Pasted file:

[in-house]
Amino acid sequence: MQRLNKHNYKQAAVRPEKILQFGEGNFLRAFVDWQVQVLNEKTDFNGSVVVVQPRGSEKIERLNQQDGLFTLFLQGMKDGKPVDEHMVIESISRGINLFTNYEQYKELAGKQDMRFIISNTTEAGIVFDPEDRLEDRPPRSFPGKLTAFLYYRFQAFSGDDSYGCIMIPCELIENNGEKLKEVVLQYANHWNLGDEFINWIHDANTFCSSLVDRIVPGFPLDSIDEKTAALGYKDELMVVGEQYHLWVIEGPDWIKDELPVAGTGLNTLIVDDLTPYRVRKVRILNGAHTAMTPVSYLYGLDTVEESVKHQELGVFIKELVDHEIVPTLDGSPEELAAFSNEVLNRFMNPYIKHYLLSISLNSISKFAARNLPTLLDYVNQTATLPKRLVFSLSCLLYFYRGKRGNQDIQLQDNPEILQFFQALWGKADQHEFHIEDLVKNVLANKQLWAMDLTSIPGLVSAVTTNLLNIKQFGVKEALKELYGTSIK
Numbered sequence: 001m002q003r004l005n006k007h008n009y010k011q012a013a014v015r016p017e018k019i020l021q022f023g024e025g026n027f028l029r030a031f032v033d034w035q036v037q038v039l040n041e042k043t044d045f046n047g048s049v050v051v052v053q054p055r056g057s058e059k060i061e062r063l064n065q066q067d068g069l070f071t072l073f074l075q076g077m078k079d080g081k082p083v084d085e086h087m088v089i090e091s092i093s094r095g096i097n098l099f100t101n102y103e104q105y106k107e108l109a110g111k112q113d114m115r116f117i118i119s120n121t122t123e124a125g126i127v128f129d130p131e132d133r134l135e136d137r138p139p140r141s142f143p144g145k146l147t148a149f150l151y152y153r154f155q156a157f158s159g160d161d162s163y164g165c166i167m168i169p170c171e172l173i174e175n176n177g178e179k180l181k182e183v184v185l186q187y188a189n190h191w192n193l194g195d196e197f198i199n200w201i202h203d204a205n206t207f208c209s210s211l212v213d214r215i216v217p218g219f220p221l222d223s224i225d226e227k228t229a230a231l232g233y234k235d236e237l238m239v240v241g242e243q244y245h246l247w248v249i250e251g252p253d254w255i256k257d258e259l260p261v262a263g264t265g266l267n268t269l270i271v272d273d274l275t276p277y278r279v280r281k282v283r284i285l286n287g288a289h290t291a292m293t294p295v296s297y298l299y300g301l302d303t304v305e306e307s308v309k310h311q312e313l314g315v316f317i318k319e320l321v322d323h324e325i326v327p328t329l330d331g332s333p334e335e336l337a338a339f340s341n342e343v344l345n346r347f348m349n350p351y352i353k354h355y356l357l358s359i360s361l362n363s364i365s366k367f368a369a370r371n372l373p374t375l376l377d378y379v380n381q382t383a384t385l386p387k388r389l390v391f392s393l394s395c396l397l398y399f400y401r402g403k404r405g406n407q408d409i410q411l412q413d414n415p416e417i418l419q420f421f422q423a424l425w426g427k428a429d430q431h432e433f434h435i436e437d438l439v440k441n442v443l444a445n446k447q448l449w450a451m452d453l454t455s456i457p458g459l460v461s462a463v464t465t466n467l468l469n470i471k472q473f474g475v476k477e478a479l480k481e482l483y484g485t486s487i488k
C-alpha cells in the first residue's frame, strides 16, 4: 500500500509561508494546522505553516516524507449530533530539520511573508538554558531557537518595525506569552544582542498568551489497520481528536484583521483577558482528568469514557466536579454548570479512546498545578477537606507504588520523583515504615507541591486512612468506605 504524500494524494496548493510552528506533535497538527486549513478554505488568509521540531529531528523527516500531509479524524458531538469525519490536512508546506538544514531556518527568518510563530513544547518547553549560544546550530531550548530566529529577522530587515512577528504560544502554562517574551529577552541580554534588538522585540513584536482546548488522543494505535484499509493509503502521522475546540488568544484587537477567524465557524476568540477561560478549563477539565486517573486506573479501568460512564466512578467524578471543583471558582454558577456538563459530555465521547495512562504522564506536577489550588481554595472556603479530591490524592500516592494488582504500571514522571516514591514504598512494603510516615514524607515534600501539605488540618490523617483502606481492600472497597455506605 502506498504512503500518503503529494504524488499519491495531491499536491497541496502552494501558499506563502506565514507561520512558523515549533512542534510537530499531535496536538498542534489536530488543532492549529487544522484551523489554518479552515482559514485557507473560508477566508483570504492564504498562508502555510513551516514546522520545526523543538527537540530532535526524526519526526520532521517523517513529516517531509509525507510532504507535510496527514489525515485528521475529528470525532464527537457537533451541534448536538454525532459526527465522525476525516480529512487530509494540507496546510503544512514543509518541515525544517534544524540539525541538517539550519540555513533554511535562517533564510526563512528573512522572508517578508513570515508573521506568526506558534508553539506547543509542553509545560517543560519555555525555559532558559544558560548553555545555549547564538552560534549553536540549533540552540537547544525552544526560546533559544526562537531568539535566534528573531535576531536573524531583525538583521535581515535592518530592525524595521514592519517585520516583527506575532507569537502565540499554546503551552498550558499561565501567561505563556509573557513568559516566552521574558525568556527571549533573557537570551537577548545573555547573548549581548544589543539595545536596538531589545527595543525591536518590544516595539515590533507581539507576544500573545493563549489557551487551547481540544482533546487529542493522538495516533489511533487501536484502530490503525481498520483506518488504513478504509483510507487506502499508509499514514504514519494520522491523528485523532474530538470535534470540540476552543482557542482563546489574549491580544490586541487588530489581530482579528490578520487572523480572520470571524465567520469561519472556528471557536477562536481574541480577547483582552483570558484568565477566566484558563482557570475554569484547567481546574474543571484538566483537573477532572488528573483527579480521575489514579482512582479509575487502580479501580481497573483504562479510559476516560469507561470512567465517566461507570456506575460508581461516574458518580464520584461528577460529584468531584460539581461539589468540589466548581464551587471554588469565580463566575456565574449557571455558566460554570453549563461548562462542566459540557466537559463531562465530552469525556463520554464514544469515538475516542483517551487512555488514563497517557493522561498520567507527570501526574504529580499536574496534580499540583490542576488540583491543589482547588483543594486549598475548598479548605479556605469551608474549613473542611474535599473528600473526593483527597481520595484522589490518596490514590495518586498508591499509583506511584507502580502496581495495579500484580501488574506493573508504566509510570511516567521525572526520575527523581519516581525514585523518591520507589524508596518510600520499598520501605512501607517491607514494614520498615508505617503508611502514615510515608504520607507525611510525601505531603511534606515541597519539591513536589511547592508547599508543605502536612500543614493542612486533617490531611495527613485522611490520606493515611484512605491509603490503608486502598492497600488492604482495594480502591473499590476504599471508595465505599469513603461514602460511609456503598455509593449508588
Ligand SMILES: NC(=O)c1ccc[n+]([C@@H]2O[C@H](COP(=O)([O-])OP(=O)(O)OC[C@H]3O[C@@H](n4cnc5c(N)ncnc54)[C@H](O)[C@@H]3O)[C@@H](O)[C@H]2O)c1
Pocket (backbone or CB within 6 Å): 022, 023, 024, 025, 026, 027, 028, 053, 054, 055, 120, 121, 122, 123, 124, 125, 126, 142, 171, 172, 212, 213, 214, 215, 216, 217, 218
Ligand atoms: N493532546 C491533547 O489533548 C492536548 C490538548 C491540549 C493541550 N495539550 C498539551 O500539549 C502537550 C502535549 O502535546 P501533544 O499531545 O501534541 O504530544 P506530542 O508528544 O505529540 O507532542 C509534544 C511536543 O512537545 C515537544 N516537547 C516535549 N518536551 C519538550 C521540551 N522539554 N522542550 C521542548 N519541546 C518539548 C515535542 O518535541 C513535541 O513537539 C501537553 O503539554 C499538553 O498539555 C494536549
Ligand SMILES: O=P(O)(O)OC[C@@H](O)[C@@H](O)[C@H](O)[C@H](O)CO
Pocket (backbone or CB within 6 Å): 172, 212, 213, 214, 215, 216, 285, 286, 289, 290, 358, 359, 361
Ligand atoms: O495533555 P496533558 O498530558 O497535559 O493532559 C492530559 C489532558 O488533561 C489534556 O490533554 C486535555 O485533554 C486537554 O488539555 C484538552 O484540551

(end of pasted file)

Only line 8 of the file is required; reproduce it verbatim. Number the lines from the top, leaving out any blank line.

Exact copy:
Ligand SMILES: O=P(O)(O)OC[C@@H](O)[C@@H](O)[C@H](O)[C@H](O)CO